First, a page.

Understanding factors influencing adverse sex ratios at birth and exploring what works to achieve balance: the situation in selected districts of Nepal
In South Asian countries, strong son preference has led to serious discriminatory practices towards girls and women, with negative effects on their status, health and development. These gender disparities have resulted in a skewing of population and child sex ratios. Nepal has begun showing signs of skewed or disturbed sex ratios at birth in some districts of the Terai and hill regions—a reflection of persistent gender discrimination, combined with a preference for small numbers of children and the increasing availability of prenatal diagnostic technologies including ultrasonography (USG) since the 1980s and consequently an increase in the practice of gender-biased sex selection.
The district-level differences in sex ratios raise questions such as: what accounts for the worsening of the sex ratio at birth in some districts of Nepal, but not in neighboring districts? To what extent are USG and other prenatal diagnostic techniques misused in those districts? The limited answers to these questions pose a key challenge to the development of approaches that promise to halt or reverse trends in adverse sex ratios at birth in Nepal. Two adjoining hill districts in the western development region, namely, Kaski (where sex ratios are adverse) and Tanahun (where sex ratios are normal) were selected for study. This study used a mixed method design that included a population-based survey of 1000 married women with at least two children, one of whom was aged 0–5 years; and 29 key informant interviews with stakeholders such as district-based public and private sector health care providers and programme implementers/managers.
The evidence gathered established that despite some commonalities in son preference, the practice of undergoing USG procedures and disclosure of the sex of the foetus was higher in Kaski than in Tanahun. The recent upsurge in sex ratios at birth favoring males in Kaski was attributed to the above practice, accentuated by couples in Kaski desiring fewer children. The underlying factors for normal or “balanced” sex ratios in Tanahun are its dominant rural population, poverty and poor access to diagnostic clinics performing sex determination tests and relatively better community-based gender-focused programmes. Our study has also shown that while the district authorities in Tanahun were engaged in enforcement of the law that bars sex determination of the foetus and sex selective abortion through routine monitoring diagnostic centers and advocacy, such efforts were virtually lacking in Kaski. Women in urban Kaski demonstrated greater inclination to have induced abortions following sex determination than women in Tanahun.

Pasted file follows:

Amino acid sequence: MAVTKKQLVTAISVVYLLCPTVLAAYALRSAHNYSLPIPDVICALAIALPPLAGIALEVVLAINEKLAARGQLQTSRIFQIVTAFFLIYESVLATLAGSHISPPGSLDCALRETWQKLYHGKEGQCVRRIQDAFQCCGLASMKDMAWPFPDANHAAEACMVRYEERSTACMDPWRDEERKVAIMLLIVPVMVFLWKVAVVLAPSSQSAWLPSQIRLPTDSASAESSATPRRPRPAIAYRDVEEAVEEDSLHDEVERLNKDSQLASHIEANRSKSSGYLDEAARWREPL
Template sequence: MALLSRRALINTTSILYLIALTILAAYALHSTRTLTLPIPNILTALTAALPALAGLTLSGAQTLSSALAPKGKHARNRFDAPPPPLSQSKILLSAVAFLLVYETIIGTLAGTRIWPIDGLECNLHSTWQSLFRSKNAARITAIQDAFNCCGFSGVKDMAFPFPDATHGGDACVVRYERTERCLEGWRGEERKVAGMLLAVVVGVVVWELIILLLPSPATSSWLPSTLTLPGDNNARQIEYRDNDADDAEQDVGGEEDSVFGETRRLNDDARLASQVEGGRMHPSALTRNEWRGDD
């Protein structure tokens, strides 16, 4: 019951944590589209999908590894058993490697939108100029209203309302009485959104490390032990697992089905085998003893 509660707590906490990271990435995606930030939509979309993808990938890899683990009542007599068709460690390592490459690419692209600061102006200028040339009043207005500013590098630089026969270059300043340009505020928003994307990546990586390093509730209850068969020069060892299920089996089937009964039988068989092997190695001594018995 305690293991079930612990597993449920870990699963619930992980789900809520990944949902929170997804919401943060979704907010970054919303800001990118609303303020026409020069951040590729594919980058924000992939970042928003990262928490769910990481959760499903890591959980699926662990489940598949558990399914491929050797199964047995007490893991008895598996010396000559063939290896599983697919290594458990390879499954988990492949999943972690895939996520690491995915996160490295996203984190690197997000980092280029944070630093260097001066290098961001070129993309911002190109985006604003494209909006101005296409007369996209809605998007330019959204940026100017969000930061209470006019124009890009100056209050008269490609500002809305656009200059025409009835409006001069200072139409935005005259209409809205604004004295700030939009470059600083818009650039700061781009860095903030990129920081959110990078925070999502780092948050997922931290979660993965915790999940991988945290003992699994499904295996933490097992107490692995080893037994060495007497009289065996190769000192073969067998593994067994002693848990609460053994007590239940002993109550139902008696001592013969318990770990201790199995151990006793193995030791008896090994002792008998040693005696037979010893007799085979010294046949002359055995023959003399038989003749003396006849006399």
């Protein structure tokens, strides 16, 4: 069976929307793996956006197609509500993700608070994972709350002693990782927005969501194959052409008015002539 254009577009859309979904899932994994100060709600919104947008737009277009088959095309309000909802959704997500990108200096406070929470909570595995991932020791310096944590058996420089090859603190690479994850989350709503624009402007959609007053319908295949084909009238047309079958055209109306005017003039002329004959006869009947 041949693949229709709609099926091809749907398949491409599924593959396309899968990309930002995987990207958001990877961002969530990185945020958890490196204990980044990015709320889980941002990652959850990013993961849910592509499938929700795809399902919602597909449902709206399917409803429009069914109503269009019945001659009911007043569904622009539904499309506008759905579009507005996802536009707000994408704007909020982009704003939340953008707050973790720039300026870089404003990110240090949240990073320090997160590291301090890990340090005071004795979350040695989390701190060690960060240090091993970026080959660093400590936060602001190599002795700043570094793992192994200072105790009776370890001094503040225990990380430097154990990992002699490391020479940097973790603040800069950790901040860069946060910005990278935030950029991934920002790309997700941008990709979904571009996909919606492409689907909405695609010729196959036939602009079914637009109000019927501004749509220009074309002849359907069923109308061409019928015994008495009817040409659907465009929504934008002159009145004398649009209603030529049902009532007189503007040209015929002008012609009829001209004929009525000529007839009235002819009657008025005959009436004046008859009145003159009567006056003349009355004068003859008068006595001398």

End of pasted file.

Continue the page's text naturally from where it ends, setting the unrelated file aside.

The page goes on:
The findings suggest that in the absence of direct interventions on this issue, there is a possibility of a worsening situation in Nepal with regard to the sex ratio at birth as access to prenatal diagnostic techniques proliferates to districts beyond Kaski. With regard to programme initiatives that hold promise, the inter-district differences point to the likely effectiveness of communication, advocacy and community mobilization efforts in the short term. In the long term, what is required are programmes which aim to empower girls, promote gender equality and improve girls’ overall situations. Programmes must focus on keeping girls in school and ensuring that they complete a secondary education, providing girl-friendly education to encourage school retention, and expand the reach of the universal scholarship scheme for girls. Other efforts adopted in neighboring countries, including conditional cash transfer schemes that provide benefits to parents when their daughter achieves immunization, education and other milestones, and remains unmarried until age 18 may also hold promise.
Puri, M.; Tamang, A. Understanding factors influencing adverse sex ratios at birth and exploring what works to achieve balance: the situation in selected districts of Nepal. CREHPA, Kathmandu, Nepal (2015) xvi + 52 pp.